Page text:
Brightness decreases by about 70% after 40,000 hours of use
The charging stand is not water-proof
|POWER||RECHARGEABLE LITHIUM-ION BATTERY|
3.7V / 190 mAh
|RECHARGE DETAILS||DURATION: |
low usage (up to 24hrs)
medium-usage (12 hours)
high-usage (6 hours)
RECHARGING TIME: IN 3HRS
RECHARGING CYCLE: APPROXIMATELY 500 TIMES
|PRICE LIST||308 Euros (+ IVA) or 375.76 Euros (IVA included)|
355 American Dollars
|PHOTO CREDITS||NACASA & PARTNERS|
|SOURCE||Barbara Musso, Novita Italia|
Designer Shiro Kuramata (1934 – 1991)
His countercultural style creates unexpected relationships between objects, and his legacy is a major one for the whole design world. After earning a degree in Architecture from the Tokyo Technical College, he began working for the furniture company Teikokukizai in 1953. In 1965, he founded the Kuramata Design Office.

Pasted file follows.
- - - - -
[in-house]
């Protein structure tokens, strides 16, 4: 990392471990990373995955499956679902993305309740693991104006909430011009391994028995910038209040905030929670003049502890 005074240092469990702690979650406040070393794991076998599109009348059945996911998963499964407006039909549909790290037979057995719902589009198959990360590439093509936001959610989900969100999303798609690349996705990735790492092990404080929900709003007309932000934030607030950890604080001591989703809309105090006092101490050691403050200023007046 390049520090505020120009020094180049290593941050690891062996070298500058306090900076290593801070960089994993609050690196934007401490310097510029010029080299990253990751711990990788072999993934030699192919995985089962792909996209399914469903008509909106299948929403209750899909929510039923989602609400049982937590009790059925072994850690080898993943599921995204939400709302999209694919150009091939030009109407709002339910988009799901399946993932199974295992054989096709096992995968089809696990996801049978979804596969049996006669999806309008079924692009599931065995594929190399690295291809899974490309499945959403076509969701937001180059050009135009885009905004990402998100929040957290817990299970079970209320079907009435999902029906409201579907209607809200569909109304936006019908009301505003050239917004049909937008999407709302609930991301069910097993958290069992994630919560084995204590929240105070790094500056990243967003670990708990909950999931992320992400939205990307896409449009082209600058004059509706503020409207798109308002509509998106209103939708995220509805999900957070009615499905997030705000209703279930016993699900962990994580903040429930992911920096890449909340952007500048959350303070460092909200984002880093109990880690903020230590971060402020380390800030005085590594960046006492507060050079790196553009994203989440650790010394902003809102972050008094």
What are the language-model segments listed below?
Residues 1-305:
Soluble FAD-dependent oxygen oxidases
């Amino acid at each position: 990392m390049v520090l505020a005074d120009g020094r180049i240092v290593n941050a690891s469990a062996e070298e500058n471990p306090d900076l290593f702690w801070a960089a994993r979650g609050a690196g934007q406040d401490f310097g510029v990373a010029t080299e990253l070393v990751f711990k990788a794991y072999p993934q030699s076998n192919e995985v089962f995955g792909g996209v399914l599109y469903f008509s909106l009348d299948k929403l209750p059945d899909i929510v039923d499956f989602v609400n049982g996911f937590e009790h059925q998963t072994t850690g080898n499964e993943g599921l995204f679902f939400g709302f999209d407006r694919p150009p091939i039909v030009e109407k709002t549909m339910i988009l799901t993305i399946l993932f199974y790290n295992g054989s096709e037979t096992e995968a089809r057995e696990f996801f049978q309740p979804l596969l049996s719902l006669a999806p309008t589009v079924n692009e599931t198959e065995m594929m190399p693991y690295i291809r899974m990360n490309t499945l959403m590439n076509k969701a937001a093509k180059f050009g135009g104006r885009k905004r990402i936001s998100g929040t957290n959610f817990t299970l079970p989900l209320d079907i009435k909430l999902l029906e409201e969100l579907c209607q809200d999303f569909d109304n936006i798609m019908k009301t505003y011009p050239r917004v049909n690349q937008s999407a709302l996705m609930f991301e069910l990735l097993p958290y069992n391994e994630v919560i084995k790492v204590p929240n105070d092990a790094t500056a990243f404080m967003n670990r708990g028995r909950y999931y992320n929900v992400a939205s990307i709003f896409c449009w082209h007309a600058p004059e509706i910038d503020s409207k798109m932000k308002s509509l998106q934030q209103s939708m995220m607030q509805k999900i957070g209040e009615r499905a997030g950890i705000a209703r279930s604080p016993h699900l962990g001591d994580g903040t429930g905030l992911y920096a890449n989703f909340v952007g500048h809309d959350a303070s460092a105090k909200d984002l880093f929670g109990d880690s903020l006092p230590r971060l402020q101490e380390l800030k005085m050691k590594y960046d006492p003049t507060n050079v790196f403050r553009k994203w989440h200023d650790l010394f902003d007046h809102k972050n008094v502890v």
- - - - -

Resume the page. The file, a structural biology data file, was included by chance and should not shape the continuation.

In the 1970s and 1980s, he explored the possibilities offered by emerging technologies and industrial materials. In 1981, he joined the Italian design collective known as the Memphis Group. He shared a playful spirit and passion for bold colors with the members of the group and became close friends with its founder Ettore Sottsass.
His surrealist vision revolutionizes everyday objects through a mix of art, craftsmanship, and design. Among his most disruptive designs is the steel mesh armchair “How High the Moon”, and the “Miss Blanche” armchair in clear methacrylate with colorful paper flowers embedded in the material. He also designed the “Progetti Compiuti” line of drawer units for Cappellini.